Perhaps it was Hemingway who said that perfection is achieved not when there is nothing left to add, but when there is nothing left to take away. Both of them seem (consciously or otherwise) to adhere to this view, for in both their works, taking anything away from what is there, necessitates the collapse of the entire edifice - the mark of a true minimalist. (NF sometimes fancies himself as a minimalist in the sense that he tries hard to put the minimal amount of effort required to barely get along. He wonders if he's a true minimalist though. Any lesser effort and we'll know the answer to that question.)

2) Andrei Tarkovsky and Bela Tarr & Alexander Grothendieck : There is no catchword here (like 'minimalism') that can be invoked to compare the two directors with Grothendieck (seen in picture here). In fact what is probably more at work here is the obsession with purity, perfectionism and mind-boggling care for details which is the hallmark of all these artistes.



This is easily seen to be so in the case of the two auteurs in question - both of them are obsessed with insanely long cuts (some of them as long as eleven minutes), excruciatingly slow camera movements, artsy and extremely highbrow literature, shots of breathtaking beauty and concerns with questions that are of deep philosophical value. The camera lingers on each shot, hovering on the subjects as if unable to tear itself away, trying to absorb the fleeting moment and record it forever. The concerns for purity and technical wizardry over audience-friendliness (and here the audience are considered to be arthouse regulars and not those who line up to buy tickets for the latest Transformers flick), the demand for patience and faith in the vision of the director (which is rewarded at the end by a deeply ambiguous and artsy climax which may or may not make any sense) and the paramount consideration of cinematic beauty over everything else make them to be champions of cinema as a pure, high art medium.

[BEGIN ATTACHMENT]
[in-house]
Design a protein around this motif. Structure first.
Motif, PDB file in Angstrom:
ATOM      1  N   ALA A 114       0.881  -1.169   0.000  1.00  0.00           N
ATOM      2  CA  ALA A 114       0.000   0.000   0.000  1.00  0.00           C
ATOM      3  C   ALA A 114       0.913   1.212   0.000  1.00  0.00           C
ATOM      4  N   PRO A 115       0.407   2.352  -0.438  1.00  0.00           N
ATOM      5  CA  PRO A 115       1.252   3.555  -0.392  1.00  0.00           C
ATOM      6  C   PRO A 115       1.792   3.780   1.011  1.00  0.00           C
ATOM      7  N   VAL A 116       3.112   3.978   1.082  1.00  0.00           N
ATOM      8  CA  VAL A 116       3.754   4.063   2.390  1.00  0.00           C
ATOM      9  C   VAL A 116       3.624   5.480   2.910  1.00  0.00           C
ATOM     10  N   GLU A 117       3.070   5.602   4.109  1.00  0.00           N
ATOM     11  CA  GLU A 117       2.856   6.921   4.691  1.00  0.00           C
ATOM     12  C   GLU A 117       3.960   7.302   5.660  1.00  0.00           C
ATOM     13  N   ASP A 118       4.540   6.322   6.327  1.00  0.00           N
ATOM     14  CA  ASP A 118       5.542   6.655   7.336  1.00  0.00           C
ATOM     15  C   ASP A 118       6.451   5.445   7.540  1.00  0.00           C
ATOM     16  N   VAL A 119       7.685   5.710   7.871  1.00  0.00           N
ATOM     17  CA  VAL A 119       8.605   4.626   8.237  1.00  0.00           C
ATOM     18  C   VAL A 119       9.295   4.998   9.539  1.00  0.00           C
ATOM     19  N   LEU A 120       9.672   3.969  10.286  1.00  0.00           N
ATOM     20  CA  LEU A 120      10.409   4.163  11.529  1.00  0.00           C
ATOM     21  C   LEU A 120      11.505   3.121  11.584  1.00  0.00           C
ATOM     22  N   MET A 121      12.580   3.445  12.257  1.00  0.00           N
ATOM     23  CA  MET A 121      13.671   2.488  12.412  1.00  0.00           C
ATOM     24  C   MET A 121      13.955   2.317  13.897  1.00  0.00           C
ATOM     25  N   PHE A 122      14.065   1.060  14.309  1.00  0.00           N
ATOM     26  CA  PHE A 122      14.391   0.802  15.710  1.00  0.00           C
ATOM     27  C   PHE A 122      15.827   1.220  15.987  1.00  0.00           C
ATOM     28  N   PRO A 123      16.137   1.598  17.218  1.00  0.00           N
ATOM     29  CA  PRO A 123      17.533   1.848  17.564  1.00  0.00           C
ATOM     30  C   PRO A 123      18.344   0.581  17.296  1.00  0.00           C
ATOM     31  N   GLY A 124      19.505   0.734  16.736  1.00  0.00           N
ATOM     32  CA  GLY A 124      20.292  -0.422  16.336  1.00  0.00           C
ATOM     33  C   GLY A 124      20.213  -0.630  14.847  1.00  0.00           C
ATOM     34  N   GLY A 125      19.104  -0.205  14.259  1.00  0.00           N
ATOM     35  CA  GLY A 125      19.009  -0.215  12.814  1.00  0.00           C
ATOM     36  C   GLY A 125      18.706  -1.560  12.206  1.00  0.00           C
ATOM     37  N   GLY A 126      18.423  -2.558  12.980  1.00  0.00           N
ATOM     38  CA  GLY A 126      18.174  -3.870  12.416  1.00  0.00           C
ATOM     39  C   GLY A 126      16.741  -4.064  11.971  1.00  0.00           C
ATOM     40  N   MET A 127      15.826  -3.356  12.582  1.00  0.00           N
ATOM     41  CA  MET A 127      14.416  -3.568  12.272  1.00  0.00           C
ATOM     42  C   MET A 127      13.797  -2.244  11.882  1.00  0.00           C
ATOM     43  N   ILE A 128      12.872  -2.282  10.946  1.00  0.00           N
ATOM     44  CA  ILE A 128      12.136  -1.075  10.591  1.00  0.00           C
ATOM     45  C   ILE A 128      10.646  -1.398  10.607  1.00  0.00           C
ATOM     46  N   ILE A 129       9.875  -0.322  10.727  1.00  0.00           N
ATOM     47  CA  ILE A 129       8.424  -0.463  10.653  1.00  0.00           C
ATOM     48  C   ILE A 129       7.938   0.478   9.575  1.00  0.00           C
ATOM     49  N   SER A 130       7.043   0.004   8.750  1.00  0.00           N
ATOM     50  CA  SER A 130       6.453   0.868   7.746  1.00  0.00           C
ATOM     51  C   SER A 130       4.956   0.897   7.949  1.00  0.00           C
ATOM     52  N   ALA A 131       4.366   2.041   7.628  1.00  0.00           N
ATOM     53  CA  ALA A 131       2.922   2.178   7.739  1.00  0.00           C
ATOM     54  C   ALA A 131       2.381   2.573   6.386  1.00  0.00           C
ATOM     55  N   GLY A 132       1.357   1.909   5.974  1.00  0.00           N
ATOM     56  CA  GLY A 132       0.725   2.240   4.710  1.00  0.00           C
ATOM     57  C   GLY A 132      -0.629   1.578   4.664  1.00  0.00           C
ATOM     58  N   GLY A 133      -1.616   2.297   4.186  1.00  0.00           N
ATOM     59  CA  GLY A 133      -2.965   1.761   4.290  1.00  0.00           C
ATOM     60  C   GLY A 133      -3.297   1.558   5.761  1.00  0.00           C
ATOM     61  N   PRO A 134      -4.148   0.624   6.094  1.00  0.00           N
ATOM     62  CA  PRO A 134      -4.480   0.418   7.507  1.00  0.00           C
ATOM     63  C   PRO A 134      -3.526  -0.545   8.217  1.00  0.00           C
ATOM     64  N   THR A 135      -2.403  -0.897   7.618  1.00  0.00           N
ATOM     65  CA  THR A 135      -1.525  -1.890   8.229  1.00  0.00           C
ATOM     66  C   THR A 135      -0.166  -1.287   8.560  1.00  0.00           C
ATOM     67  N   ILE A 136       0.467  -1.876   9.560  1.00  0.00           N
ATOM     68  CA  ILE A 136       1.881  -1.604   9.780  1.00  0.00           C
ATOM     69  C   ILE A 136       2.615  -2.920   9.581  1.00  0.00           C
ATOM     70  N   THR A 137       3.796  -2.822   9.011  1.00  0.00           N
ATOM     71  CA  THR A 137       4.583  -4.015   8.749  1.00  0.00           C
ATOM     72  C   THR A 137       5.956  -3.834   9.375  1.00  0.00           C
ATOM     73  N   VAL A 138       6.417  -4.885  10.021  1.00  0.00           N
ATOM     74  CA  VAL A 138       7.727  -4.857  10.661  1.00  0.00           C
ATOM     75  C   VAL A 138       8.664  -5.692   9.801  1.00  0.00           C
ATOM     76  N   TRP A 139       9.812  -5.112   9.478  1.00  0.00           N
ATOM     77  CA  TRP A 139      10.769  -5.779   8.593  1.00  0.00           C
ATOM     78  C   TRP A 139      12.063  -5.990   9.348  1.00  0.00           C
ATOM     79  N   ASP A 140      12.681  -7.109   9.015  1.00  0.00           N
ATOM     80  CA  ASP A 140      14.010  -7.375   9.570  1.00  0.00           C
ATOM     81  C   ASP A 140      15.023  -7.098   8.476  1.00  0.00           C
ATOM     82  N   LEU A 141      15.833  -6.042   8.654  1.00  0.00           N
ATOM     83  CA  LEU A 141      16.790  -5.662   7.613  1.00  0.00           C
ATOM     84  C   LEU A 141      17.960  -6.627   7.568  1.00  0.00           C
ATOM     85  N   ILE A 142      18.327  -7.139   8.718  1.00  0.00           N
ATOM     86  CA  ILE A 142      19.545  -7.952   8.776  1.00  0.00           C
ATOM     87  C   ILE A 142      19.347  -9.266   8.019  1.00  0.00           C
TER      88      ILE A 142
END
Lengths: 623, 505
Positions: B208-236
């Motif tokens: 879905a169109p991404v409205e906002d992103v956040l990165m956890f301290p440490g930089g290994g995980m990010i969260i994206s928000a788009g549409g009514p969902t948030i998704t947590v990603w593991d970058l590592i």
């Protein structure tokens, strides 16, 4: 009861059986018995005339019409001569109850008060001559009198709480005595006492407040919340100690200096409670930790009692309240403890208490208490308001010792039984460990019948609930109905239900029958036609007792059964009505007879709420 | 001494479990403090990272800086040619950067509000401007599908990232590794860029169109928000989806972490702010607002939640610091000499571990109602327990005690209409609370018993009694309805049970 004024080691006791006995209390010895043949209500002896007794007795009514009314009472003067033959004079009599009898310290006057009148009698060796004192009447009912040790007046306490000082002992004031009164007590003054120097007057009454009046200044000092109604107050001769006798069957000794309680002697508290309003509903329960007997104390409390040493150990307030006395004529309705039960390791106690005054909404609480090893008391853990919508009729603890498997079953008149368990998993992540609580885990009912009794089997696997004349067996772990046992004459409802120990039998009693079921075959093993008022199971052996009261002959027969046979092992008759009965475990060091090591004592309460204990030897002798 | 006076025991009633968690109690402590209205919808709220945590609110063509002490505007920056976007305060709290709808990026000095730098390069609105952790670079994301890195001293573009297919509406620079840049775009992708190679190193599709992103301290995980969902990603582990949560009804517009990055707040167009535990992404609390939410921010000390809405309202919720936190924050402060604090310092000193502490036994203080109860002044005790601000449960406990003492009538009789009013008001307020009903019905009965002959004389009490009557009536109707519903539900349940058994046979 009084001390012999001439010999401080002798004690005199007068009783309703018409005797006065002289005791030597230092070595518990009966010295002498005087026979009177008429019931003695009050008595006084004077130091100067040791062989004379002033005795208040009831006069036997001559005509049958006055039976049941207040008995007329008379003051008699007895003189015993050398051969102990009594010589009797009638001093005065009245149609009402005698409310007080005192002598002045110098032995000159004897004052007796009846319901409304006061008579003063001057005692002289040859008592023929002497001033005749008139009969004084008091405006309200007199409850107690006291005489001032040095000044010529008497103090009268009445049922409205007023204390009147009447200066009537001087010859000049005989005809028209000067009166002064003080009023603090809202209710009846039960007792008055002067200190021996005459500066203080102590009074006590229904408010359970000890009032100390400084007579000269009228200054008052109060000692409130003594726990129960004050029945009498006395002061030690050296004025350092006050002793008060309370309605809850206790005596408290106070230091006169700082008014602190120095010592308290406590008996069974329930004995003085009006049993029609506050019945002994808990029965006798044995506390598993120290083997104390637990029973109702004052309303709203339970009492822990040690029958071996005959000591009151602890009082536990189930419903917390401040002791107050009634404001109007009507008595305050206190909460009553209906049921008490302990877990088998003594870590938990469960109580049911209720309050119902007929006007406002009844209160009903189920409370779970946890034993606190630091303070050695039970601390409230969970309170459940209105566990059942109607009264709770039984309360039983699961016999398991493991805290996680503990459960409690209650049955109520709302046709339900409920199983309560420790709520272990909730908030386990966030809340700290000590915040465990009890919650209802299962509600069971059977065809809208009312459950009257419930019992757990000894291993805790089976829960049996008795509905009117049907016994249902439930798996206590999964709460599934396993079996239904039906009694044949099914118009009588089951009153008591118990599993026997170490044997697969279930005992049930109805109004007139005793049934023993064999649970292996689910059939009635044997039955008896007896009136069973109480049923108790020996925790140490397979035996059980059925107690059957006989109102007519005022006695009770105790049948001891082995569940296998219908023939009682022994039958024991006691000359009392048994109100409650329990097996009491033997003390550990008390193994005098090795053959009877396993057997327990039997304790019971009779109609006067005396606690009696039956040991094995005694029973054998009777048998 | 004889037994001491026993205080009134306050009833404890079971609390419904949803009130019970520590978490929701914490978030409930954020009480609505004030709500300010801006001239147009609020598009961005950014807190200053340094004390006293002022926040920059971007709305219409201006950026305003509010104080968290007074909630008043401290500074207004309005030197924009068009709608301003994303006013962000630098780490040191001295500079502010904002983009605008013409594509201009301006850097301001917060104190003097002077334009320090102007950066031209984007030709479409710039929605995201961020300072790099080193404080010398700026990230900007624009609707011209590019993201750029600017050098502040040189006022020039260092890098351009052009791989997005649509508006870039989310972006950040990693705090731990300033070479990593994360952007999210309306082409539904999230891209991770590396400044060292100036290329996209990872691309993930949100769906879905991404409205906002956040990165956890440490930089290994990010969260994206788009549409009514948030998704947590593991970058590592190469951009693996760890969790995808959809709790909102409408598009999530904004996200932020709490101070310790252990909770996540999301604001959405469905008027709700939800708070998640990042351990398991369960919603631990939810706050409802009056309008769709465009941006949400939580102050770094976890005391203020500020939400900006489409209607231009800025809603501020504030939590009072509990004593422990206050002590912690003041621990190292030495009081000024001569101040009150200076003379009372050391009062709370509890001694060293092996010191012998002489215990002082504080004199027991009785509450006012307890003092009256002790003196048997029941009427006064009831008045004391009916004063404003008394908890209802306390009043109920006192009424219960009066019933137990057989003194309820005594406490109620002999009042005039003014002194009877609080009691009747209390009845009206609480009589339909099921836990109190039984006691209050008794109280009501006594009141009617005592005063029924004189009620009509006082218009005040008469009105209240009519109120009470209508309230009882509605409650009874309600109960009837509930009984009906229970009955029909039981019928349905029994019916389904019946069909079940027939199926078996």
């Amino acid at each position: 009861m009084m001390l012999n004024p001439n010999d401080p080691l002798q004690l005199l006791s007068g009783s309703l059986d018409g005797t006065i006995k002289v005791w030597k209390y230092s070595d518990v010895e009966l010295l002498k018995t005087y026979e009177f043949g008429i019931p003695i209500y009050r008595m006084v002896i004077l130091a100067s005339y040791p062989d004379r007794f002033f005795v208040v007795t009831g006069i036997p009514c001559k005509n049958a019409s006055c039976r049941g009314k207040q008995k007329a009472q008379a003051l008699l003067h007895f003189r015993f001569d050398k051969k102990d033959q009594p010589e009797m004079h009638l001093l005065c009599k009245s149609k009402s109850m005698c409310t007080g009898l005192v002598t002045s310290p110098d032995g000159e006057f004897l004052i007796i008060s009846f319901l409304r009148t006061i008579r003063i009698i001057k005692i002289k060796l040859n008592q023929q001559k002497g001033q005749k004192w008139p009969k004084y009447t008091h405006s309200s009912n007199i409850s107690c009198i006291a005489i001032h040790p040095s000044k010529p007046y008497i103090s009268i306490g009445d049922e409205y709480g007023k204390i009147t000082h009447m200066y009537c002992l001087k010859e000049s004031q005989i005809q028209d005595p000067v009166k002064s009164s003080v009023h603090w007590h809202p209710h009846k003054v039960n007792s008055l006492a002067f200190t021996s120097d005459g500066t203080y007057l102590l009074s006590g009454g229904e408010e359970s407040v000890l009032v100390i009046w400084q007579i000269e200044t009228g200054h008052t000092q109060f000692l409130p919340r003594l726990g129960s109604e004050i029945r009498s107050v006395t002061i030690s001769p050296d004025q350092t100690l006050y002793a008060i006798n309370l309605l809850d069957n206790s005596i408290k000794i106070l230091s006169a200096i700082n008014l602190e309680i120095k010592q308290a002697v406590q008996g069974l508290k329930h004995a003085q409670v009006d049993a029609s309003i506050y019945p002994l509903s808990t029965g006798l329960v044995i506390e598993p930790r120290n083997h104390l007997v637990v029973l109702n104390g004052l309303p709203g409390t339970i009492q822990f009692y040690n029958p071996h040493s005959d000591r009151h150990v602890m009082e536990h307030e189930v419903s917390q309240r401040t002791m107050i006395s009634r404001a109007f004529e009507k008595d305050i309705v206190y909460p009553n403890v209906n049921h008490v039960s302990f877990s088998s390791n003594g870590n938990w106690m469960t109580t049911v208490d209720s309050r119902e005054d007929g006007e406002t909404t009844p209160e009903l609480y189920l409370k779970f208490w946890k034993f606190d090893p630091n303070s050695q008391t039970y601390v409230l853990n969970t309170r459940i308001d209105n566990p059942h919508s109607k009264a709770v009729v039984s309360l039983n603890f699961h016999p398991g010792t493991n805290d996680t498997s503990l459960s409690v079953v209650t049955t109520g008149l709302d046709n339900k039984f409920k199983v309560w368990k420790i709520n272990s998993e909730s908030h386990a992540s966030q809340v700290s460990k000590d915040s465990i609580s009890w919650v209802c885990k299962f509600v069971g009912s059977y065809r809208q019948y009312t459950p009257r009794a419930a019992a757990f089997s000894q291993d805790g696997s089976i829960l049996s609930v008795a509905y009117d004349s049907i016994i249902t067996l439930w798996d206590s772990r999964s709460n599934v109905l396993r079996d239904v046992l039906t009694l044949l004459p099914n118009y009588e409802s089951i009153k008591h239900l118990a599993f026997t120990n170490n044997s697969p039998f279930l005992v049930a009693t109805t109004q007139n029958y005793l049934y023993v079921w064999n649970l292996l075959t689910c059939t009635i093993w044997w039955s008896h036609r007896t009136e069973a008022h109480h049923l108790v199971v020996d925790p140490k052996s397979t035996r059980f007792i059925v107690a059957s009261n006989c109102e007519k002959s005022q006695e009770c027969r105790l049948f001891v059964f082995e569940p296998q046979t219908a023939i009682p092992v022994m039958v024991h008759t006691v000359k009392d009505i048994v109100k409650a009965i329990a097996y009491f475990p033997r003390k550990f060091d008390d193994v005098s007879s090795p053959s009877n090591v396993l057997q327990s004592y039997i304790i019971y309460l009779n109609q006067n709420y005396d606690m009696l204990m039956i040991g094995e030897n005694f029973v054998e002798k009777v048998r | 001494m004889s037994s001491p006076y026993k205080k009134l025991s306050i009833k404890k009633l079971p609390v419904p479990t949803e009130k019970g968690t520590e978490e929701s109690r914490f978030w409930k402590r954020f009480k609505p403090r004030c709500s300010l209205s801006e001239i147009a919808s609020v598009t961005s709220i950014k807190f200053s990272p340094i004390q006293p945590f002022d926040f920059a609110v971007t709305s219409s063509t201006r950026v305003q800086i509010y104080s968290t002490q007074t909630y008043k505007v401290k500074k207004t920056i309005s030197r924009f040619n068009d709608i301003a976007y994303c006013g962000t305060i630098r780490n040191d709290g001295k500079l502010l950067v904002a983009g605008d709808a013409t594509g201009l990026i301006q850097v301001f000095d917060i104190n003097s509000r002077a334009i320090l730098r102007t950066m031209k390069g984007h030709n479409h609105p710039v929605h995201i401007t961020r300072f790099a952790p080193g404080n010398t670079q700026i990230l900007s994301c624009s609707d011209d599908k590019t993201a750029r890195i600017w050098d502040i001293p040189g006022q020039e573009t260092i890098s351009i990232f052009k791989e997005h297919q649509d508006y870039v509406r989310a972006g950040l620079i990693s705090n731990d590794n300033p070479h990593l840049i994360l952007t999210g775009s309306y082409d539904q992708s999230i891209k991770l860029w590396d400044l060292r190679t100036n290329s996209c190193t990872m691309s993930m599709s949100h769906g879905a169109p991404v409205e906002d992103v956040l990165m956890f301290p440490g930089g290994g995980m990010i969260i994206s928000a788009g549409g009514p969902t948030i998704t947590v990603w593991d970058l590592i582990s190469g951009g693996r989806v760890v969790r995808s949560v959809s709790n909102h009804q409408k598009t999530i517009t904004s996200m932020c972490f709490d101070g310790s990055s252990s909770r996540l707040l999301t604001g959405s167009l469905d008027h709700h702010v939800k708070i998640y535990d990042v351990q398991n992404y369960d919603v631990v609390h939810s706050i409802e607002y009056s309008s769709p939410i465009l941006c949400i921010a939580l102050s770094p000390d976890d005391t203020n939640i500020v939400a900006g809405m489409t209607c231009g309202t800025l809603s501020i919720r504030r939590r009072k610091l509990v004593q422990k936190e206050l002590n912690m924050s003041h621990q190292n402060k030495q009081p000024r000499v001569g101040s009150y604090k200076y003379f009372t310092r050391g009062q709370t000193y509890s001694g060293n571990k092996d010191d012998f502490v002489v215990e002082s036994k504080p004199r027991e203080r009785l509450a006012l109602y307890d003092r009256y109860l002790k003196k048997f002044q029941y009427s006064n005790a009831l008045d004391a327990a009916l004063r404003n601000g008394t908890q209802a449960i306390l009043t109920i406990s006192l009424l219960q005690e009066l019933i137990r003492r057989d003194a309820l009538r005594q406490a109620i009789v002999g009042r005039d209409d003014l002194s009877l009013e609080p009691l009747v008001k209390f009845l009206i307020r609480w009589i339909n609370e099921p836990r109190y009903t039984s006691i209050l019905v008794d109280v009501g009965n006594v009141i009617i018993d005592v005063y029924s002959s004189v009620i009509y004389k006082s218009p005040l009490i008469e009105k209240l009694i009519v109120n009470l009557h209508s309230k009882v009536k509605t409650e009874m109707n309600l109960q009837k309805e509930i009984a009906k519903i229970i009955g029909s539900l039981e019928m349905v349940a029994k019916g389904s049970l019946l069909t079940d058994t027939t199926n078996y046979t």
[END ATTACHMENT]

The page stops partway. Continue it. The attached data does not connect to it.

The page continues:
In order to see for yourself, look at the following videos:

a) A sequence from Tarkovsky's Stalker.



[probably one of the best sequences in world cinema]

b) A 'short' scene from Satantango - the seven hour plus long movie (yes, you read that right!) from Bela Tarr.



Like his counterparts in cinema, Grothendieck (Fields Medalist, greatest mathematician of the 20th century, according to some) was obsessed with purity and methods of great abstractness over more obvious routes to problem solving. In fact, his was such an abstract take on matters in Pure Mathematics that it is inaccessible to a lot of working mathematicians themselves, let alone the common man. His style of Mathematics - often dubbed 'Fortress Mathematics' (built around his cult of followers) was a major dampener for many-a-young wannabe mathematician who were overwhelmed by the technical virtuosity demanded of them to even begin to understand what was going on. Again, concerns for stellar, unimaginably stringent purity and an open disdain for anything even slightly contaminated (read less general/abstract - woe to applied mathematicians - the hacks who dare defile the sanctity of math!) make him the counterpart to Tarkovsky and Bela Tarr.

3) Quentin Tarantino & Benoit Mandlebrot and Paul Erdos : Cinema for Tarantino is not a meditation on deep matters (cross Tarkovsky, Tarr). He's definitely not into minimalism (cross Kim ki Duk). What's he into then?

Filmmaking for Tarantino is an expression of sheer joy. It's also about being all-over-the-place like a jumping, hyperactive kid suffering from attention deficit disorder high on methamphetamine. It is about exuberance, aesthetic violence, non-linearity, dialogue (his characters never seem to shut up) and a breakneck, blitzy pace. He doesn't care about conventions or boundaries or classifications. He breaks rules, bends them, amalgamates genres, rips off others' work and gives them a new spin and constantly reinvents and pushes the boundaries of filmmaking all the fucking time.